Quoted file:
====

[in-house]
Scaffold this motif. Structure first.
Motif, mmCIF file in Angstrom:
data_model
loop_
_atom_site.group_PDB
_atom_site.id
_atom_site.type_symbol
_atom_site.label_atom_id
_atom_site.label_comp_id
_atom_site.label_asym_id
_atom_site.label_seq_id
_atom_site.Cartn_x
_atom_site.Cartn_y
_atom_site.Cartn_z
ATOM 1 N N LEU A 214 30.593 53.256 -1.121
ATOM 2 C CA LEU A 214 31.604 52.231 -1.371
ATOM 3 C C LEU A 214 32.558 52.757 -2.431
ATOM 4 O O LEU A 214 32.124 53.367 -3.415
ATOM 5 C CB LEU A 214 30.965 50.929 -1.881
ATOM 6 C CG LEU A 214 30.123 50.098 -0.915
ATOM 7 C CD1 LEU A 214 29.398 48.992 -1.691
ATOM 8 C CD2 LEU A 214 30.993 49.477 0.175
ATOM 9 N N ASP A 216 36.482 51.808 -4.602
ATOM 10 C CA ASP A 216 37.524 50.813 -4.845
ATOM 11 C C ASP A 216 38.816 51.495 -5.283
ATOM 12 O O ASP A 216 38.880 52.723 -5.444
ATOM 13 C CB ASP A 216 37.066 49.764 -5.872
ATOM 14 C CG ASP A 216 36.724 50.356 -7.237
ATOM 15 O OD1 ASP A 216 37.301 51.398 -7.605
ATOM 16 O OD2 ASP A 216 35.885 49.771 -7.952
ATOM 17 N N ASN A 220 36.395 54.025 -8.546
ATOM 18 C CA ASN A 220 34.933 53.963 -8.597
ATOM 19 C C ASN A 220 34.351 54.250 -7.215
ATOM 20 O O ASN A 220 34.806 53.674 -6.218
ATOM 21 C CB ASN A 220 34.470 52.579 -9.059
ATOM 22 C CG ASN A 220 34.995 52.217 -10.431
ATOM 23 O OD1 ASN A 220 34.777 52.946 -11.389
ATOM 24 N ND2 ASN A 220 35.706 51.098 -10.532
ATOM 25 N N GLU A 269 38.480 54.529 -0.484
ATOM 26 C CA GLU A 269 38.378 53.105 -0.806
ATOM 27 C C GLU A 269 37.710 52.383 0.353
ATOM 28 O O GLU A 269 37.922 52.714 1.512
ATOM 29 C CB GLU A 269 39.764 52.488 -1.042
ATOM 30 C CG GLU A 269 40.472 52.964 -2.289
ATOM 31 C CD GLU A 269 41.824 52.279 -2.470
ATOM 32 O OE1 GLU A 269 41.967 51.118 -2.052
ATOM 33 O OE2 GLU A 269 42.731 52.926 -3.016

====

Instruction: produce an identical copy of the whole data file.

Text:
[in-house]
Scaffold this motif. Structure first.
Motif, mmCIF file in Angstrom:
data_model
loop_
_atom_site.group_PDB
_atom_site.id
_atom_site.type_symbol
_atom_site.label_atom_id
_atom_site.label_comp_id
_atom_site.label_asym_id
_atom_site.label_seq_id
_atom_site.Cartn_x
_atom_site.Cartn_y
_atom_site.Cartn_z
ATOM 1 N N LEU A 214 30.593 53.256 -1.121
ATOM 2 C CA LEU A 214 31.604 52.231 -1.371
ATOM 3 C C LEU A 214 32.558 52.757 -2.431
ATOM 4 O O LEU A 214 32.124 53.367 -3.415
ATOM 5 C CB LEU A 214 30.965 50.929 -1.881
ATOM 6 C CG LEU A 214 30.123 50.098 -0.915
ATOM 7 C CD1 LEU A 214 29.398 48.992 -1.691
ATOM 8 C CD2 LEU A 214 30.993 49.477 0.175
ATOM 9 N N ASP A 216 36.482 51.808 -4.602
ATOM 10 C CA ASP A 216 37.524 50.813 -4.845
ATOM 11 C C ASP A 216 38.816 51.495 -5.283
ATOM 12 O O ASP A 216 38.880 52.723 -5.444
ATOM 13 C CB ASP A 216 37.066 49.764 -5.872
ATOM 14 C CG ASP A 216 36.724 50.356 -7.237
ATOM 15 O OD1 ASP A 216 37.301 51.398 -7.605
ATOM 16 O OD2 ASP A 216 35.885 49.771 -7.952
ATOM 17 N N ASN A 220 36.395 54.025 -8.546
ATOM 18 C CA ASN A 220 34.933 53.963 -8.597
ATOM 19 C C ASN A 220 34.351 54.250 -7.215
ATOM 20 O O ASN A 220 34.806 53.674 -6.218
ATOM 21 C CB ASN A 220 34.470 52.579 -9.059
ATOM 22 C CG ASN A 220 34.995 52.217 -10.431
ATOM 23 O OD1 ASN A 220 34.777 52.946 -11.389
ATOM 24 N ND2 ASN A 220 35.706 51.098 -10.532
ATOM 25 N N GLU A 269 38.480 54.529 -0.484
ATOM 26 C CA GLU A 269 38.378 53.105 -0.806
ATOM 27 C C GLU A 269 37.710 52.383 0.353
ATOM 28 O O GLU A 269 37.922 52.714 1.512
ATOM 29 C CB GLU A 269 39.764 52.488 -1.042
ATOM 30 C CG GLU A 269 40.472 52.964 -2.289
ATOM 31 C CD GLU A 269 41.824 52.279 -2.470
ATOM 32 O OE1 GLU A 269 41.967 51.118 -2.052
ATOM 33 O OE2 GLU A 269 42.731 52.926 -3.016